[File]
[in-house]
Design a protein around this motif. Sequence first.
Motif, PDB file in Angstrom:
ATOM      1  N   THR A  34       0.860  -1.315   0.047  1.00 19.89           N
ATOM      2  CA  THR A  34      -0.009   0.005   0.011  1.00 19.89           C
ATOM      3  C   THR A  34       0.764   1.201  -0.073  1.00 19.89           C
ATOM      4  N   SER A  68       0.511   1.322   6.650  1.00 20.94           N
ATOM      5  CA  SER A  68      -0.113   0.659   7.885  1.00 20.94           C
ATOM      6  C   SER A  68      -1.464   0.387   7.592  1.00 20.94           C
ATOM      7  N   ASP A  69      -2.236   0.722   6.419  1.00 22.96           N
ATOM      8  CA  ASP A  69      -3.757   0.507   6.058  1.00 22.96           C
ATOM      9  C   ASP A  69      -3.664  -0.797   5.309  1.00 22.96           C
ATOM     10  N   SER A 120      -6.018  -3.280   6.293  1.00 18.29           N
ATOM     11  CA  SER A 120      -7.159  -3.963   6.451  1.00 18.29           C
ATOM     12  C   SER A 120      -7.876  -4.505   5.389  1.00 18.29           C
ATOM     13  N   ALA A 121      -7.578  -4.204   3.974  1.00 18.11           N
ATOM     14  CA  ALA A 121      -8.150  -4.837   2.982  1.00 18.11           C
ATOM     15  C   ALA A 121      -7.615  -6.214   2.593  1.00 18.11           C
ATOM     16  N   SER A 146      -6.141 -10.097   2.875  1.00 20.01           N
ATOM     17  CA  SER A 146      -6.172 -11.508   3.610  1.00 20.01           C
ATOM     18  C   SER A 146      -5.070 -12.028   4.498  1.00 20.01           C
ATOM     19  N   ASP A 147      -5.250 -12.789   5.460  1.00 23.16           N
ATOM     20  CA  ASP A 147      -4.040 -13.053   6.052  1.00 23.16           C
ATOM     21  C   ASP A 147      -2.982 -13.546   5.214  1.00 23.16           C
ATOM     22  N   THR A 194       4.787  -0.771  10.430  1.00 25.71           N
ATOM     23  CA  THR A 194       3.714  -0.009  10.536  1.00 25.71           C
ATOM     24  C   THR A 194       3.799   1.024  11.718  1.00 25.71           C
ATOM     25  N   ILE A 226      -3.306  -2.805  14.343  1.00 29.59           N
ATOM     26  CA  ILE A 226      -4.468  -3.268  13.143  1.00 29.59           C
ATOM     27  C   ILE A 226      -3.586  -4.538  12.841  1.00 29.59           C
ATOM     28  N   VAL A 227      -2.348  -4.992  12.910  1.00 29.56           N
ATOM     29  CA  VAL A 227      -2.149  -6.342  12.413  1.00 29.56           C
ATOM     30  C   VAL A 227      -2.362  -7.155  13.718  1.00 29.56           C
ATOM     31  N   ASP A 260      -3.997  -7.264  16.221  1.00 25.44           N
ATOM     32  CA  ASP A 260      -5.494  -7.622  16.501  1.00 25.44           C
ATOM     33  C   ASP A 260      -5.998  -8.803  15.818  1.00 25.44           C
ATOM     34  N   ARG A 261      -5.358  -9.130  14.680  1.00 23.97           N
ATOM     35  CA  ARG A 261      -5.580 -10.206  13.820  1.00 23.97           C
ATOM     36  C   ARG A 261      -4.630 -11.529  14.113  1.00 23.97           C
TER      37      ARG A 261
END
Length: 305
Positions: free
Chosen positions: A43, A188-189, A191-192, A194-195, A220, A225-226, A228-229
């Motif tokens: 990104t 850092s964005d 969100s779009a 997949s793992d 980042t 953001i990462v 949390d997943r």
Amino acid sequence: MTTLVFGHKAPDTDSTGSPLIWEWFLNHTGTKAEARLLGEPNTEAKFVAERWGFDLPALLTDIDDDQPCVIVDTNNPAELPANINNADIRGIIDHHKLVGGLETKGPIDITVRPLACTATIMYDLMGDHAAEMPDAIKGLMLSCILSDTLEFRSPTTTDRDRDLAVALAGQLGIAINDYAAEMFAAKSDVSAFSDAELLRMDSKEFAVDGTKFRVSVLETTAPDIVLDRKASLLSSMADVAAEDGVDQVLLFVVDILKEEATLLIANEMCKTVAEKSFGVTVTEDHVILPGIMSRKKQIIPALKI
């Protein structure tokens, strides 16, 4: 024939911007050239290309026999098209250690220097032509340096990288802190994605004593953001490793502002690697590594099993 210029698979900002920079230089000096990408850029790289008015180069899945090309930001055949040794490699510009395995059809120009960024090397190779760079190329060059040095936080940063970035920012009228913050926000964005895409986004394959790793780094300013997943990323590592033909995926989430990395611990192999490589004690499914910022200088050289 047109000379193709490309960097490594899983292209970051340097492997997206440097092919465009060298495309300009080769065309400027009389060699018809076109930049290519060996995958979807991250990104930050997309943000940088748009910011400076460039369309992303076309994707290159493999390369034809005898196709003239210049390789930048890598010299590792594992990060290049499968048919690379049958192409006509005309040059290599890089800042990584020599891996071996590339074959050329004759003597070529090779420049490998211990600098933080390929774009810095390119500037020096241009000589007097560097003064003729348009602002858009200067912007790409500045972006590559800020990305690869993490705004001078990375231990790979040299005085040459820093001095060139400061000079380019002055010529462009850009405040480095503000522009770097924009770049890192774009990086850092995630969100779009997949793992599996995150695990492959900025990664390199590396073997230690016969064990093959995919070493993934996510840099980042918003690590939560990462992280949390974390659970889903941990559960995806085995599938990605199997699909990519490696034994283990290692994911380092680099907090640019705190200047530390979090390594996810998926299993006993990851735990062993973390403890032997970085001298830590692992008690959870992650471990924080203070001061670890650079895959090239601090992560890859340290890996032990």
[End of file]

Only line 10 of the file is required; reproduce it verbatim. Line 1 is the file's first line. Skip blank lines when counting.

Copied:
ATOM      7  N   ASP A  69      -2.236   0.722   6.419  1.00 22.96           N